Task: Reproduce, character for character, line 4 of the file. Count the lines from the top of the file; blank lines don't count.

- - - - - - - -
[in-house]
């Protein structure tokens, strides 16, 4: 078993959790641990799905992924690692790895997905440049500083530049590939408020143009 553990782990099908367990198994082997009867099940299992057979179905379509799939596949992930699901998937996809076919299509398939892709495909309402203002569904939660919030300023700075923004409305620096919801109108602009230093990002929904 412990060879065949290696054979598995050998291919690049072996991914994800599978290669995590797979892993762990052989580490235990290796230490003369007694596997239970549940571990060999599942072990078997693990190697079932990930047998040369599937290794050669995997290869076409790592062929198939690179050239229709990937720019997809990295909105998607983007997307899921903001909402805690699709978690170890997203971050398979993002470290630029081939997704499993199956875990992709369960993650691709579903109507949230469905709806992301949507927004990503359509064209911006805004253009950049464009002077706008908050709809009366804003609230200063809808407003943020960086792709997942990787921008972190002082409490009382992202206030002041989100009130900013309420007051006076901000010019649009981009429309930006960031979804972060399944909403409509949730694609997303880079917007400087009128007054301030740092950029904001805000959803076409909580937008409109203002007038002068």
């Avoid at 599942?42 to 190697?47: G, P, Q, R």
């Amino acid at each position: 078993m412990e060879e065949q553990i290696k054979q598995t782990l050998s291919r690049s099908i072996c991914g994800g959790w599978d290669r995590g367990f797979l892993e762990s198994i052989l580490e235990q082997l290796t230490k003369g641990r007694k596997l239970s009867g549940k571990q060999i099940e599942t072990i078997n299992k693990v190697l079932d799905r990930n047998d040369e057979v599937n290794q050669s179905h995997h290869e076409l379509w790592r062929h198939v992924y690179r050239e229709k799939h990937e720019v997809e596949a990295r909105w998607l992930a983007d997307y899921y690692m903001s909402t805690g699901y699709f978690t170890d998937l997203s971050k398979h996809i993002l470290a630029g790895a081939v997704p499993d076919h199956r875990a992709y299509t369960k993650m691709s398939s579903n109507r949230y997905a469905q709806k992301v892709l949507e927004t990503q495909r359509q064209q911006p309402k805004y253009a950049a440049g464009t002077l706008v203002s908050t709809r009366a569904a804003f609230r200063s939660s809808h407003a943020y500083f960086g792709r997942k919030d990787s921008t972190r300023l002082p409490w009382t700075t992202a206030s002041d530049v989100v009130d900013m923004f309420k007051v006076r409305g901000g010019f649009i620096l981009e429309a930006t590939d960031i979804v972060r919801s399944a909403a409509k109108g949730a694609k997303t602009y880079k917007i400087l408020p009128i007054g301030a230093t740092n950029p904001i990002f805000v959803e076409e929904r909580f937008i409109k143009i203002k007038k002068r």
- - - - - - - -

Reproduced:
């Amino acid at each position: 078993m412990e060879e065949q553990i290696k054979q598995t782990l050998s291919r690049s099908i072996c991914g994800g959790w599978d290669r995590g367990f797979l892993e762990s198994i052989l580490e235990q082997l290796t230490k003369g641990r007694k596997l239970s009867g549940k571990q060999i099940e599942t072990i078997n299992k693990v190697l079932d799905r990930n047998d040369e057979v599937n290794q050669s179905h995997h290869e076409l379509w790592r062929h198939v992924y690179r050239e229709k799939h990937e720019v997809e596949a990295r909105w998607l992930a983007d997307y899921y690692m903001s909402t805690g699901y699709f978690t170890d998937l997203s971050k398979h996809i993002l470290a630029g790895a081939v997704p499993d076919h199956r875990a992709y299509t369960k993650m691709s398939s579903n109507r949230y997905a469905q709806k992301v892709l949507e927004t990503q495909r359509q064209q911006p309402k805004y253009a950049a440049g464009t002077l706008v203002s908050t709809r009366a569904a804003f609230r200063s939660s809808h407003a943020y500083f960086g792709r997942k919030d990787s921008t972190r300023l002082p409490w009382t700075t992202a206030s002041d530049v989100v009130d900013m923004f309420k007051v006076r409305g901000g010019f649009i620096l981009e429309a930006t590939d960031i979804v972060r919801s399944a909403a409509k109108g949730a694609k997303t602009y880079k917007i400087l408020p009128i007054g301030a230093t740092n950029p904001i990002f805000v959803e076409e929904r909580f937008i409109k143009i203002k007038k002068r």